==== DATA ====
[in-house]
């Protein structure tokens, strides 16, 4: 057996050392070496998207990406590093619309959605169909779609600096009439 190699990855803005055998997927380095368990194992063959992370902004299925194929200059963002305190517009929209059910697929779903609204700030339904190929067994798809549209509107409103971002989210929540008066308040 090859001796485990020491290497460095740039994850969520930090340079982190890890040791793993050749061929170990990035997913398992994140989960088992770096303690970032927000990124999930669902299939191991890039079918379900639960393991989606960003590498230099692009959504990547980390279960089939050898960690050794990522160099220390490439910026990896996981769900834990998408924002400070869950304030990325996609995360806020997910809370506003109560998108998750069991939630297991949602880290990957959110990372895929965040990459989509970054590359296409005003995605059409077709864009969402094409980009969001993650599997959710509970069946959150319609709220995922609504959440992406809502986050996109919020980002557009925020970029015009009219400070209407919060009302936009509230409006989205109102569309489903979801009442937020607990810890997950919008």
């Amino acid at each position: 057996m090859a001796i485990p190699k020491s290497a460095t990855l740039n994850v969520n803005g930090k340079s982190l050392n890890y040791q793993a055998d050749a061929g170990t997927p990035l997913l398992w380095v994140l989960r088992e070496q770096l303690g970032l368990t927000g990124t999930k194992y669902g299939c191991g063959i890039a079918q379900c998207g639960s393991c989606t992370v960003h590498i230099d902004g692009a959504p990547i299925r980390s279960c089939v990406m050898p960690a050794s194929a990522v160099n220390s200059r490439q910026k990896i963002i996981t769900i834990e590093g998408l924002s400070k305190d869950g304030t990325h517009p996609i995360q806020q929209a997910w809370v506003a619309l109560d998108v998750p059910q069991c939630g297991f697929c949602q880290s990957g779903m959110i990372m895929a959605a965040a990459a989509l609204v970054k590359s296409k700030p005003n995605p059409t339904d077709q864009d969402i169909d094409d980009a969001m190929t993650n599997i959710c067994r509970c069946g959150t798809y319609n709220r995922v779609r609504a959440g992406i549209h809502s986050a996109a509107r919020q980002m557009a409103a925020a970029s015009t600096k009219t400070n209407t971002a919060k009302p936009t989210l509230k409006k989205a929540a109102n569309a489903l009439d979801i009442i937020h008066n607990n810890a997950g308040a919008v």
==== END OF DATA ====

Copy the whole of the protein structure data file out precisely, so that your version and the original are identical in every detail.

[in-house]
């Protein structure tokens, strides 16, 4: 057996050392070496998207990406590093619309959605169909779609600096009439 190699990855803005055998997927380095368990194992063959992370902004299925194929200059963002305190517009929209059910697929779903609204700030339904190929067994798809549209509107409103971002989210929540008066308040 090859001796485990020491290497460095740039994850969520930090340079982190890890040791793993050749061929170990990035997913398992994140989960088992770096303690970032927000990124999930669902299939191991890039079918379900639960393991989606960003590498230099692009959504990547980390279960089939050898960690050794990522160099220390490439910026990896996981769900834990998408924002400070869950304030990325996609995360806020997910809370506003109560998108998750069991939630297991949602880290990957959110990372895929965040990459989509970054590359296409005003995605059409077709864009969402094409980009969001993650599997959710509970069946959150319609709220995922609504959440992406809502986050996109919020980002557009925020970029015009009219400070209407919060009302936009509230409006989205109102569309489903979801009442937020607990810890997950919008």
């Amino acid at each position: 057996m090859a001796i485990p190699k020491s290497a460095t990855l740039n994850v969520n803005g930090k340079s982190l050392n890890y040791q793993a055998d050749a061929g170990t997927p990035l997913l398992w380095v994140l989960r088992e070496q770096l303690g970032l368990t927000g990124t999930k194992y669902g299939c191991g063959i890039a079918q379900c998207g639960s393991c989606t992370v960003h590498i230099d902004g692009a959504p990547i299925r980390s279960c089939v990406m050898p960690a050794s194929a990522v160099n220390s200059r490439q910026k990896i963002i996981t769900i834990e590093g998408l924002s400070k305190d869950g304030t990325h517009p996609i995360q806020q929209a997910w809370v506003a619309l109560d998108v998750p059910q069991c939630g297991f697929c949602q880290s990957g779903m959110i990372m895929a959605a965040a990459a989509l609204v970054k590359s296409k700030p005003n995605p059409t339904d077709q864009d969402i169909d094409d980009a969001m190929t993650n599997i959710c067994r509970c069946g959150t798809y319609n709220r995922v779609r609504a959440g992406i549209h809502s986050a996109a509107r919020q980002m557009a409103a925020a970029s015009t600096k009219t400070n209407t971002a919060k009302p936009t989210l509230k409006k989205a929540a109102n569309a489903l009439d979801i009442i937020h008066n607990n810890a997950g308040a919008v």